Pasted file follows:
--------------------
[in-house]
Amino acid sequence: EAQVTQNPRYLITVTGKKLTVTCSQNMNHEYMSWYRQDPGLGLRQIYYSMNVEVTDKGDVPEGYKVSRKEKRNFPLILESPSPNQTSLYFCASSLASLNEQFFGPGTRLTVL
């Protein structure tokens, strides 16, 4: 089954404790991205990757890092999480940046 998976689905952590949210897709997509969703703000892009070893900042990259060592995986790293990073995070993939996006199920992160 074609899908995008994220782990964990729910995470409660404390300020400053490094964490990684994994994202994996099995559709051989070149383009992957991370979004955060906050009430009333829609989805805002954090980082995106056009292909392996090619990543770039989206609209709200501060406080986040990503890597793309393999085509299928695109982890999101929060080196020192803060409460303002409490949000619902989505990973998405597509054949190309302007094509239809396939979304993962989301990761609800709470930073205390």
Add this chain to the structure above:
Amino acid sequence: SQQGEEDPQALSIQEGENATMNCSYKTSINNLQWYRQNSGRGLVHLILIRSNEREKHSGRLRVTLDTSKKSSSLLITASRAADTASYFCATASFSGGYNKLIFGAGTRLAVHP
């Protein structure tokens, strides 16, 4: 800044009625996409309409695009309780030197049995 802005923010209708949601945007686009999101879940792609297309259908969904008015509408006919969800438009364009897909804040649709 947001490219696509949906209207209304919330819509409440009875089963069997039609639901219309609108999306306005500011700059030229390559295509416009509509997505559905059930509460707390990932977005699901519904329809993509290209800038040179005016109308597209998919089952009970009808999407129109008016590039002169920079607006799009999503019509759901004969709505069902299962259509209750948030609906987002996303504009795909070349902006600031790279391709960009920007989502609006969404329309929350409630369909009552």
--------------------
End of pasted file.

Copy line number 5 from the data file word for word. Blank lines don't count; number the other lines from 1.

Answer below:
Amino acid sequence: SQQGEEDPQALSIQEGENATMNCSYKTSINNLQWYRQNSGRGLVHLILIRSNEREKHSGRLRVTLDTSKKSSSLLITASRAADTASYFCATASFSGGYNKLIFGAGTRLAVHP